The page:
What is Brand UX?
Most people can’t differentiate how they feel about a brand from how they feel about the experiences they have with that brand, so in many situations, UX becomes the brand differentiator. It can be part of — or all of — the reason a customer chooses to engage with a company or its products.
– Credit: Nielsen Norman Group
Have you ever heard of Edward Teach? Otherwise known as Blackbeard. He was one of the most infamous pirates in history, he understood the importance of creating an impression, so much so that he would dress himself in a dark heavy coat and a captain’s hat in aid of creating a domineering stature.
With pistols strapped to his chest and tucked, lit, smoking fuses under his hat and in his beard, he created a personal brand of intimidation and malice. As his pillaging continued, he wanted to extend the image of his menacing nature from afar, and thus he devised an early version of the skull-and-crossbones flag that we associate with pirates today.
Blackbeard created his logo out of his personal brand mark, conveying his reputation to anyone who can see, a brand promise that any defence or fight would be futile. This is Brand UX in the 1600s.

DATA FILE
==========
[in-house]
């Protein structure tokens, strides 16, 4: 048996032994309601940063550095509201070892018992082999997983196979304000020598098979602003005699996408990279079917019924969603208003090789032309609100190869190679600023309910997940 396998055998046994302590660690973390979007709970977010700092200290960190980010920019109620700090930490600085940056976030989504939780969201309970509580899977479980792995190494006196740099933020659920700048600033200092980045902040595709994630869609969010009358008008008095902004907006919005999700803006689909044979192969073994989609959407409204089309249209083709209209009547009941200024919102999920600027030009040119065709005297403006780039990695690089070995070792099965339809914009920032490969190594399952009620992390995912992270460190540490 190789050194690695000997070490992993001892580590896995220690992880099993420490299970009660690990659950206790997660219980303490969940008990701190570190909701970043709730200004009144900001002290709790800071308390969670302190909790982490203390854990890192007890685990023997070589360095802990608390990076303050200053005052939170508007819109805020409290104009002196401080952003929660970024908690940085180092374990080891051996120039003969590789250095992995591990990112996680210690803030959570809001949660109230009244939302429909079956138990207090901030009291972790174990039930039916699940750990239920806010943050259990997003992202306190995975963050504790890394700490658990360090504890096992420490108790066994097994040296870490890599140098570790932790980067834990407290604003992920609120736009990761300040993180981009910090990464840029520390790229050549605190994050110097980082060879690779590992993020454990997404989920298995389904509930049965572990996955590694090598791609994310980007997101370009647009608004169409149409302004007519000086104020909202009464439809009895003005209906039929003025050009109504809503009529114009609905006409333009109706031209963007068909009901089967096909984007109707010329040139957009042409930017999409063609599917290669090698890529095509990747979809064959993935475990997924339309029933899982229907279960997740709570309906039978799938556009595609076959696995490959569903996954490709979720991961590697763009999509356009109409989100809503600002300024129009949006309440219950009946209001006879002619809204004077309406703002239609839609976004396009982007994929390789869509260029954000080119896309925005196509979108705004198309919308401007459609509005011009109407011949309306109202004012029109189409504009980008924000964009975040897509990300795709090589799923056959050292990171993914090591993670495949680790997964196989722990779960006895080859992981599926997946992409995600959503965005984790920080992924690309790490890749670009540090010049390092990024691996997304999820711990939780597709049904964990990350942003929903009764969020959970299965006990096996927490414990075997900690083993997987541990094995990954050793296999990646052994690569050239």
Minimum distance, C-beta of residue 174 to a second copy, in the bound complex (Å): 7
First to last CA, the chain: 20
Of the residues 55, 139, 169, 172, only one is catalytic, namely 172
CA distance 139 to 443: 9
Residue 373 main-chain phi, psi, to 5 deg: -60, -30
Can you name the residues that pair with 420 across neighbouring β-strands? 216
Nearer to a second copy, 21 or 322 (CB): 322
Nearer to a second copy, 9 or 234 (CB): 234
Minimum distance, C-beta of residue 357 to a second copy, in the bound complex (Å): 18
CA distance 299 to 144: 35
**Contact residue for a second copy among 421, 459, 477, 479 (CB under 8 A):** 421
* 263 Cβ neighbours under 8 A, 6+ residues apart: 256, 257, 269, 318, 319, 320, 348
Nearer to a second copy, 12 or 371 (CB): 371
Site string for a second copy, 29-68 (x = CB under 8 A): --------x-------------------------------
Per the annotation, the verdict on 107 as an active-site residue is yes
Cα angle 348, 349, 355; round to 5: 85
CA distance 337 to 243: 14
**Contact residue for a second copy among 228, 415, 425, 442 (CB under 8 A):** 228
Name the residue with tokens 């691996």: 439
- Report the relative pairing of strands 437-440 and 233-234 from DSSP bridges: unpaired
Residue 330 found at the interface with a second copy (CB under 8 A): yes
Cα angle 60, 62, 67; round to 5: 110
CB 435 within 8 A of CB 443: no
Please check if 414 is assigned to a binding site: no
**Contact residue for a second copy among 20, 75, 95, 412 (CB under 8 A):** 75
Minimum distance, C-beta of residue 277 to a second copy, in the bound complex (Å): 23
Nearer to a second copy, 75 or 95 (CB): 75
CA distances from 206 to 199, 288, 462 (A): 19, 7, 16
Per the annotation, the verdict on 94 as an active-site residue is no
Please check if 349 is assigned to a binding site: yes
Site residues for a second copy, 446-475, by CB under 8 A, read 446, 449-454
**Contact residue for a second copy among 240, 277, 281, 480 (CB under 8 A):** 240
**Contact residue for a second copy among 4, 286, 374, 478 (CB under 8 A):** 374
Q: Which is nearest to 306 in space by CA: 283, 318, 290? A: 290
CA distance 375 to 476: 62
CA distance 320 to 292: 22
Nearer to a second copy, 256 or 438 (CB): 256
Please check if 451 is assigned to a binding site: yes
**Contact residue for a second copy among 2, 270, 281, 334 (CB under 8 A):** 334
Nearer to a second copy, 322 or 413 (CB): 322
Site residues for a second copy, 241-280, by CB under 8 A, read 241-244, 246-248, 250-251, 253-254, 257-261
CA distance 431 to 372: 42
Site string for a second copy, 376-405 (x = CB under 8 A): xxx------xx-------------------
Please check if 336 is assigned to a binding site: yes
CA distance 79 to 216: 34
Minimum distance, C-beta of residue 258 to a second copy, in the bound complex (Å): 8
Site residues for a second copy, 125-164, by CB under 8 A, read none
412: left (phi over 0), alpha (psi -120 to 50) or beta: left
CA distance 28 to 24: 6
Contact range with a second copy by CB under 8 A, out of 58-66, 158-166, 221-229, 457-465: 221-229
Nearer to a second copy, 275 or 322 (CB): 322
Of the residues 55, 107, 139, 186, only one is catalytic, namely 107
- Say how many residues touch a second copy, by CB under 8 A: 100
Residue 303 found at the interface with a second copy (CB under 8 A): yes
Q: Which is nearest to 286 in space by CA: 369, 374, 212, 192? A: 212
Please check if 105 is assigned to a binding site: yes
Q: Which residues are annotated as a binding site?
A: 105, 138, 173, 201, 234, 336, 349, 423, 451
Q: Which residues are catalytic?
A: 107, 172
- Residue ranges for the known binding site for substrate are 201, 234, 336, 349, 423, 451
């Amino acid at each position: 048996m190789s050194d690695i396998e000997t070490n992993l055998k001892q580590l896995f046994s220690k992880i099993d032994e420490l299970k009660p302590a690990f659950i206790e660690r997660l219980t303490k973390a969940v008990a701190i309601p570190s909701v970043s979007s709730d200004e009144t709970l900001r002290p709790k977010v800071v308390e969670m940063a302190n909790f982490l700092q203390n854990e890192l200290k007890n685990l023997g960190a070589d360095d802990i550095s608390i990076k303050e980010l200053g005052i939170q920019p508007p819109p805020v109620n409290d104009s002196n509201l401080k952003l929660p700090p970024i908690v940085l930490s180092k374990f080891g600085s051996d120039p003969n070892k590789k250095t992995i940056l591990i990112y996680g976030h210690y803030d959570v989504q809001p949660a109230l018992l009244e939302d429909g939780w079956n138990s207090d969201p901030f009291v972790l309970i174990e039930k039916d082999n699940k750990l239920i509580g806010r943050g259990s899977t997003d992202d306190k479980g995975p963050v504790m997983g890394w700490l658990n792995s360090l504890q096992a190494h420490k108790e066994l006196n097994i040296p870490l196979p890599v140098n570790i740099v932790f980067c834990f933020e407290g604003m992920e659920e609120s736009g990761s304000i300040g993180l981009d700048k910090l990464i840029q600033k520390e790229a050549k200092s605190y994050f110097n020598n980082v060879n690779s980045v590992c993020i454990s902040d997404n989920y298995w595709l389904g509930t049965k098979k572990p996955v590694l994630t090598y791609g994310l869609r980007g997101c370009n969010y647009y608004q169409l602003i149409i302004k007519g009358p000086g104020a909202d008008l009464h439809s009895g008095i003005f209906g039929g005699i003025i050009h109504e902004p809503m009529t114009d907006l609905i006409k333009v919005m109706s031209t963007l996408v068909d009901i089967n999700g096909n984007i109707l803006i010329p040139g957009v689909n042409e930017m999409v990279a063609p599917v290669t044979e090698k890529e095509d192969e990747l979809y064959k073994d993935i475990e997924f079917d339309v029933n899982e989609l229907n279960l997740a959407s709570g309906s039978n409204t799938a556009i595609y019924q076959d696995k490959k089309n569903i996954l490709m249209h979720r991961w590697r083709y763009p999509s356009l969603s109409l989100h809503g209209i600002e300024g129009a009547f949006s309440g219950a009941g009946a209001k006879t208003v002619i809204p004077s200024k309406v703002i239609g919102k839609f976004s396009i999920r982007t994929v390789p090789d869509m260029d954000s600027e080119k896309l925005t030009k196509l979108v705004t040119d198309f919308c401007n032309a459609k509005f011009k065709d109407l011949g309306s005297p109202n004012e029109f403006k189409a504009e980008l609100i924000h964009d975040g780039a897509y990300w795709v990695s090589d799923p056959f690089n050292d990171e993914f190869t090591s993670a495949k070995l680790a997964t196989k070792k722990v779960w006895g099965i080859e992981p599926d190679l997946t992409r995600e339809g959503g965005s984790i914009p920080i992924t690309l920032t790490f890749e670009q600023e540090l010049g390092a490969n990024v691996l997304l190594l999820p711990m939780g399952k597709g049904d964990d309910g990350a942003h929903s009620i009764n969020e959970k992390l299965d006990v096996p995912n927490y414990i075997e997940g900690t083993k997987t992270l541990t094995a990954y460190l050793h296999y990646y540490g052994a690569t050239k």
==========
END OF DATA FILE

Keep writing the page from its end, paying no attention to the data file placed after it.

“But this is the way it’s always been done.”
We are creatures of habit, but just because things have always been done a certain way doesn’t mean it’s the best way. This applies to so many things, including brand UX. With technology constantly evolving and changing, the rise of instant gratification, heightened consumer awareness and ad fatigue – the aspect of content and personalization needed to adapt.
Take advertising for an example, the main way of advertising years ago was in the form of television ads, billboards and on radio stations for the masses. Now? It’s Google, Facebook, Instagram: sponsored ads that are tailored to fit each individual. Perhaps you’ve come across a situation where you were researching and dreaming of a holiday in Hawaii, and lo and behold, suddenly ads about hotels and experiences in Hawaii start appearing!
Content personalization is more important than ever, especially if your business wants to stand out strongly from your competitors. Here are the Top 3 Ways to Enhance Brand UX by Personalizing Your Content:
1. Rethink Information Delivery
Let’s look at music promotion, when record labels have a product that they want to sell, they go into a massive promotional effort in advertising and publicity for the album: tours, artwork, promotional videos, in-store displays, merchandise, and advertising on radio stations.